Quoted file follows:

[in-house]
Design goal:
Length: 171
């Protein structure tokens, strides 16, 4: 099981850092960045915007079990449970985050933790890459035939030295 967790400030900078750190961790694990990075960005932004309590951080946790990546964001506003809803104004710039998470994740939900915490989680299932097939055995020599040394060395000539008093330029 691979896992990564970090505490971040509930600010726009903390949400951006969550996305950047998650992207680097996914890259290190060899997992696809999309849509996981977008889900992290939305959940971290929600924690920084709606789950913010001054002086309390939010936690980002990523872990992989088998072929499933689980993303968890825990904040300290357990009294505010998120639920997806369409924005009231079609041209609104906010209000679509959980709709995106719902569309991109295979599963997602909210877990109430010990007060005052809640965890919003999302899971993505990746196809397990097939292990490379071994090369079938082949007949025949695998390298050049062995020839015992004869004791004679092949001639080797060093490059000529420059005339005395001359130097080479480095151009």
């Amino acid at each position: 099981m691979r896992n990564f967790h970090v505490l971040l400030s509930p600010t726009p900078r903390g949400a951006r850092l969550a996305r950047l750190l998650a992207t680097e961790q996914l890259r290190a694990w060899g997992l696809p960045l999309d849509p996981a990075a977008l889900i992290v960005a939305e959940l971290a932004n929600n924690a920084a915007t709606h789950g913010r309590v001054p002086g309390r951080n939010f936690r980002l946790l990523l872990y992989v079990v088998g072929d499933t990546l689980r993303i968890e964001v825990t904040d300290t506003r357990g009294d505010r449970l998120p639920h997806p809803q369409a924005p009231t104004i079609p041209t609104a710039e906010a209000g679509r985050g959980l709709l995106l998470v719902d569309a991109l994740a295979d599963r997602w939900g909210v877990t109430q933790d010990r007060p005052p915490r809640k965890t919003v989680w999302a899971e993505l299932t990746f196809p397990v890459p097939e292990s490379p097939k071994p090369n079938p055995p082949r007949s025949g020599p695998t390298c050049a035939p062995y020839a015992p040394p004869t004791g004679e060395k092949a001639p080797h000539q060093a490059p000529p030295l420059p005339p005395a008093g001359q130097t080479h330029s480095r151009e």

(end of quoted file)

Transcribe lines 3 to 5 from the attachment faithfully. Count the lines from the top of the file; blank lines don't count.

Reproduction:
Length: 171
């Protein structure tokens, strides 16, 4: 099981850092960045915007079990449970985050933790890459035939030295 967790400030900078750190961790694990990075960005932004309590951080946790990546964001506003809803104004710039998470994740939900915490989680299932097939055995020599040394060395000539008093330029 691979896992990564970090505490971040509930600010726009903390949400951006969550996305950047998650992207680097996914890259290190060899997992696809999309849509996981977008889900992290939305959940971290929600924690920084709606789950913010001054002086309390939010936690980002990523872990992989088998072929499933689980993303968890825990904040300290357990009294505010998120639920997806369409924005009231079609041209609104906010209000679509959980709709995106719902569309991109295979599963997602909210877990109430010990007060005052809640965890919003999302899971993505990746196809397990097939292990490379071994090369079938082949007949025949695998390298050049062995020839015992004869004791004679092949001639080797060093490059000529420059005339005395001359130097080479480095151009």
């Amino acid at each position: 099981m691979r896992n990564f967790h970090v505490l971040l400030s509930p600010t726009p900078r903390g949400a951006r850092l969550a996305r950047l750190l998650a992207t680097e961790q996914l890259r290190a694990w060899g997992l696809p960045l999309d849509p996981a990075a977008l889900i992290v960005a939305e959940l971290a932004n929600n924690a920084a915007t709606h789950g913010r309590v001054p002086g309390r951080n939010f936690r980002l946790l990523l872990y992989v079990v088998g072929d499933t990546l689980r993303i968890e964001v825990t904040d300290t506003r357990g009294d505010r449970l998120p639920h997806p809803q369409a924005p009231t104004i079609p041209t609104a710039e906010a209000g679509r985050g959980l709709l995106l998470v719902d569309a991109l994740a295979d599963r997602w939900g909210v877990t109430q933790d010990r007060p005052p915490r809640k965890t919003v989680w999302a899971e993505l299932t990746f196809p397990v890459p097939e292990s490379p097939k071994p090369n079938p055995p082949r007949s025949g020599p695998t390298c050049a035939p062995y020839a015992p040394p004869t004791g004679e060395k092949a001639p080797h000539q060093a490059p000529p030295l420059p005339p005395a008093g001359q130097t080479h330029s480095r151009e």